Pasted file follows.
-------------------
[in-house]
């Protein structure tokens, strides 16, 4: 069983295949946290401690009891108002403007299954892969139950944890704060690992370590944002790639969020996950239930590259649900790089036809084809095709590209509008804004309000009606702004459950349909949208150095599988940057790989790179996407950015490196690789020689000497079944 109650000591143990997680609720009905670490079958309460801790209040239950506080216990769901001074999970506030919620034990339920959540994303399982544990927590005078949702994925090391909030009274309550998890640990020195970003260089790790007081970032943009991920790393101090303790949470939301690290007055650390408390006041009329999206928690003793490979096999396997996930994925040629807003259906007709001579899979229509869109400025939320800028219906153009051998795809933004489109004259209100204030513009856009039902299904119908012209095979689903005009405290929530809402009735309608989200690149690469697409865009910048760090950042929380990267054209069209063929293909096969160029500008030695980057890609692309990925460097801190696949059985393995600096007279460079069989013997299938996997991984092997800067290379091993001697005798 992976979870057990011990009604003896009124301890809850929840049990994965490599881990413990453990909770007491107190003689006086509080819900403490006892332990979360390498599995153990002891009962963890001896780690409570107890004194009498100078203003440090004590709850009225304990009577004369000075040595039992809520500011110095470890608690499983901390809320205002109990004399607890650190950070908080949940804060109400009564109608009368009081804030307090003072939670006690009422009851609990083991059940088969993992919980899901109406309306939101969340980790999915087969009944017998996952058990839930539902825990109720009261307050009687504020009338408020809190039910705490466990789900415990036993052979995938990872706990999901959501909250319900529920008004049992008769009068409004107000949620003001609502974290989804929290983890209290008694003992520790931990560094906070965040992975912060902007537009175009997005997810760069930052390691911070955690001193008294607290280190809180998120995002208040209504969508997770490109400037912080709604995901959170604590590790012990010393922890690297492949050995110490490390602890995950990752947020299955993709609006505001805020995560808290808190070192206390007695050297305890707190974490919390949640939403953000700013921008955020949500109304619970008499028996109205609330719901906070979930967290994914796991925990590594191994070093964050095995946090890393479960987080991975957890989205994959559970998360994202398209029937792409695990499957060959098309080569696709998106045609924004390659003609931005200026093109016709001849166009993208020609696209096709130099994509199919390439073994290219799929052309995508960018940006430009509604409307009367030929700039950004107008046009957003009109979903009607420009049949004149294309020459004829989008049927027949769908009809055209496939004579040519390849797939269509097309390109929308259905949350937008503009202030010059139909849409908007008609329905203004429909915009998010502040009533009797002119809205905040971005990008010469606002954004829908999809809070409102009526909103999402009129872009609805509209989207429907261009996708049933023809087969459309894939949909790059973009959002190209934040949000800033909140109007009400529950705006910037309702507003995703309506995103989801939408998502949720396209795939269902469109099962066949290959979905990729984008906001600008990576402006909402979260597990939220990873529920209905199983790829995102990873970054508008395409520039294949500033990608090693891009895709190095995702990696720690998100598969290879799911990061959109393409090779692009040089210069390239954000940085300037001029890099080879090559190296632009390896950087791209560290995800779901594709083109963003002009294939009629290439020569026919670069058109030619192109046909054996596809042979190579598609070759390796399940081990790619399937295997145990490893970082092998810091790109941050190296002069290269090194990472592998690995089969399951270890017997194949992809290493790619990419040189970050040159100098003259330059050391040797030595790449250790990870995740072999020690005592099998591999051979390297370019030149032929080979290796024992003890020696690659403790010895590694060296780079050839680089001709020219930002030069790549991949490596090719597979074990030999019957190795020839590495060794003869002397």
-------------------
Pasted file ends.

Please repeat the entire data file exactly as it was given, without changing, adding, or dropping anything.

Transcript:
[in-house]
């Protein structure tokens, strides 16, 4: 069983295949946290401690009891108002403007299954892969139950944890704060690992370590944002790639969020996950239930590259649900790089036809084809095709590209509008804004309000009606702004459950349909949208150095599988940057790989790179996407950015490196690789020689000497079944 109650000591143990997680609720009905670490079958309460801790209040239950506080216990769901001074999970506030919620034990339920959540994303399982544990927590005078949702994925090391909030009274309550998890640990020195970003260089790790007081970032943009991920790393101090303790949470939301690290007055650390408390006041009329999206928690003793490979096999396997996930994925040629807003259906007709001579899979229509869109400025939320800028219906153009051998795809933004489109004259209100204030513009856009039902299904119908012209095979689903005009405290929530809402009735309608989200690149690469697409865009910048760090950042929380990267054209069209063929293909096969160029500008030695980057890609692309990925460097801190696949059985393995600096007279460079069989013997299938996997991984092997800067290379091993001697005798 992976979870057990011990009604003896009124301890809850929840049990994965490599881990413990453990909770007491107190003689006086509080819900403490006892332990979360390498599995153990002891009962963890001896780690409570107890004194009498100078203003440090004590709850009225304990009577004369000075040595039992809520500011110095470890608690499983901390809320205002109990004399607890650190950070908080949940804060109400009564109608009368009081804030307090003072939670006690009422009851609990083991059940088969993992919980899901109406309306939101969340980790999915087969009944017998996952058990839930539902825990109720009261307050009687504020009338408020809190039910705490466990789900415990036993052979995938990872706990999901959501909250319900529920008004049992008769009068409004107000949620003001609502974290989804929290983890209290008694003992520790931990560094906070965040992975912060902007537009175009997005997810760069930052390691911070955690001193008294607290280190809180998120995002208040209504969508997770490109400037912080709604995901959170604590590790012990010393922890690297492949050995110490490390602890995950990752947020299955993709609006505001805020995560808290808190070192206390007695050297305890707190974490919390949640939403953000700013921008955020949500109304619970008499028996109205609330719901906070979930967290994914796991925990590594191994070093964050095995946090890393479960987080991975957890989205994959559970998360994202398209029937792409695990499957060959098309080569696709998106045609924004390659003609931005200026093109016709001849166009993208020609696209096709130099994509199919390439073994290219799929052309995508960018940006430009509604409307009367030929700039950004107008046009957003009109979903009607420009049949004149294309020459004829989008049927027949769908009809055209496939004579040519390849797939269509097309390109929308259905949350937008503009202030010059139909849409908007008609329905203004429909915009998010502040009533009797002119809205905040971005990008010469606002954004829908999809809070409102009526909103999402009129872009609805509209989207429907261009996708049933023809087969459309894939949909790059973009959002190209934040949000800033909140109007009400529950705006910037309702507003995703309506995103989801939408998502949720396209795939269902469109099962066949290959979905990729984008906001600008990576402006909402979260597990939220990873529920209905199983790829995102990873970054508008395409520039294949500033990608090693891009895709190095995702990696720690998100598969290879799911990061959109393409090779692009040089210069390239954000940085300037001029890099080879090559190296632009390896950087791209560290995800779901594709083109963003002009294939009629290439020569026919670069058109030619192109046909054996596809042979190579598609070759390796399940081990790619399937295997145990490893970082092998810091790109941050190296002069290269090194990472592998690995089969399951270890017997194949992809290493790619990419040189970050040159100098003259330059050391040797030595790449250790990870995740072999020690005592099998591999051979390297370019030149032929080979290796024992003890020696690659403790010895590694060296780079050839680089001709020219930002030069790549991949490596090719597979074990030999019957190795020839590495060794003869002397």